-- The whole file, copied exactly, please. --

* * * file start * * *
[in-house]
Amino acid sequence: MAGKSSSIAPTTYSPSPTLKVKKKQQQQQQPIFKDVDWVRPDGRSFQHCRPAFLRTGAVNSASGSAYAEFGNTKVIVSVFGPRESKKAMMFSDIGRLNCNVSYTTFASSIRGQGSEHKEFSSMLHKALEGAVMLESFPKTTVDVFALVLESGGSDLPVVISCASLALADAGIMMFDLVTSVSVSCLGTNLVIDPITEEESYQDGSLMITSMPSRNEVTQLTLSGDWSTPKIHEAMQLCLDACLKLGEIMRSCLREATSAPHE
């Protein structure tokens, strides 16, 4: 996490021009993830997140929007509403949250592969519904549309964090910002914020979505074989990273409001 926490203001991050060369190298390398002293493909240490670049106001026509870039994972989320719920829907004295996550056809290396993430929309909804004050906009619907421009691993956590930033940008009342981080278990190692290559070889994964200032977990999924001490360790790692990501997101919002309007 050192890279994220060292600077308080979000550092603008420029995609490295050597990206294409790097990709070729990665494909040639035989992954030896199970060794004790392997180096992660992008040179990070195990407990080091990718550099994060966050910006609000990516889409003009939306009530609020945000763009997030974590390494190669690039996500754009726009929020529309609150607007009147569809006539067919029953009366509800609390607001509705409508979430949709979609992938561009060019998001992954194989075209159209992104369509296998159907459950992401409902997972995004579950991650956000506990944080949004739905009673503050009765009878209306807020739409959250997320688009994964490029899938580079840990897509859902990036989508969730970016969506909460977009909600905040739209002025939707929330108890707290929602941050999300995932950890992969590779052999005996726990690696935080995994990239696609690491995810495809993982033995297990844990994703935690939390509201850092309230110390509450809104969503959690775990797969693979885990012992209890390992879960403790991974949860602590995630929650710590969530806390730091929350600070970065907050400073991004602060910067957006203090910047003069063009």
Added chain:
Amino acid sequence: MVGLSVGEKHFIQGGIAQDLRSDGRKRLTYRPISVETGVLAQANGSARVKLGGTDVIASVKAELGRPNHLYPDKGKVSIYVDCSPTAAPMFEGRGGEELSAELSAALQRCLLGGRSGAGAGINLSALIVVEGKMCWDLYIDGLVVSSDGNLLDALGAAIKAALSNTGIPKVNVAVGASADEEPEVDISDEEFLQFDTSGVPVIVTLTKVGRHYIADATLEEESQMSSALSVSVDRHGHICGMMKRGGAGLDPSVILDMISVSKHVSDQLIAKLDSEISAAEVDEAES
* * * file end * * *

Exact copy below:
[in-house]
Amino acid sequence: MAGKSSSIAPTTYSPSPTLKVKKKQQQQQQPIFKDVDWVRPDGRSFQHCRPAFLRTGAVNSASGSAYAEFGNTKVIVSVFGPRESKKAMMFSDIGRLNCNVSYTTFASSIRGQGSEHKEFSSMLHKALEGAVMLESFPKTTVDVFALVLESGGSDLPVVISCASLALADAGIMMFDLVTSVSVSCLGTNLVIDPITEEESYQDGSLMITSMPSRNEVTQLTLSGDWSTPKIHEAMQLCLDACLKLGEIMRSCLREATSAPHE
């Protein structure tokens, strides 16, 4: 996490021009993830997140929007509403949250592969519904549309964090910002914020979505074989990273409001 926490203001991050060369190298390398002293493909240490670049106001026509870039994972989320719920829907004295996550056809290396993430929309909804004050906009619907421009691993956590930033940008009342981080278990190692290559070889994964200032977990999924001490360790790692990501997101919002309007 050192890279994220060292600077308080979000550092603008420029995609490295050597990206294409790097990709070729990665494909040639035989992954030896199970060794004790392997180096992660992008040179990070195990407990080091990718550099994060966050910006609000990516889409003009939306009530609020945000763009997030974590390494190669690039996500754009726009929020529309609150607007009147569809006539067919029953009366509800609390607001509705409508979430949709979609992938561009060019998001992954194989075209159209992104369509296998159907459950992401409902997972995004579950991650956000506990944080949004739905009673503050009765009878209306807020739409959250997320688009994964490029899938580079840990897509859902990036989508969730970016969506909460977009909600905040739209002025939707929330108890707290929602941050999300995932950890992969590779052999005996726990690696935080995994990239696609690491995810495809993982033995297990844990994703935690939390509201850092309230110390509450809104969503959690775990797969693979885990012992209890390992879960403790991974949860602590995630929650710590969530806390730091929350600070970065907050400073991004602060910067957006203090910047003069063009």
Added chain:
Amino acid sequence: MVGLSVGEKHFIQGGIAQDLRSDGRKRLTYRPISVETGVLAQANGSARVKLGGTDVIASVKAELGRPNHLYPDKGKVSIYVDCSPTAAPMFEGRGGEELSAELSAALQRCLLGGRSGAGAGINLSALIVVEGKMCWDLYIDGLVVSSDGNLLDALGAAIKAALSNTGIPKVNVAVGASADEEPEVDISDEEFLQFDTSGVPVIVTLTKVGRHYIADATLEEESQMSSALSVSVDRHGHICGMMKRGGAGLDPSVILDMISVSKHVSDQLIAKLDSEISAAEVDEAES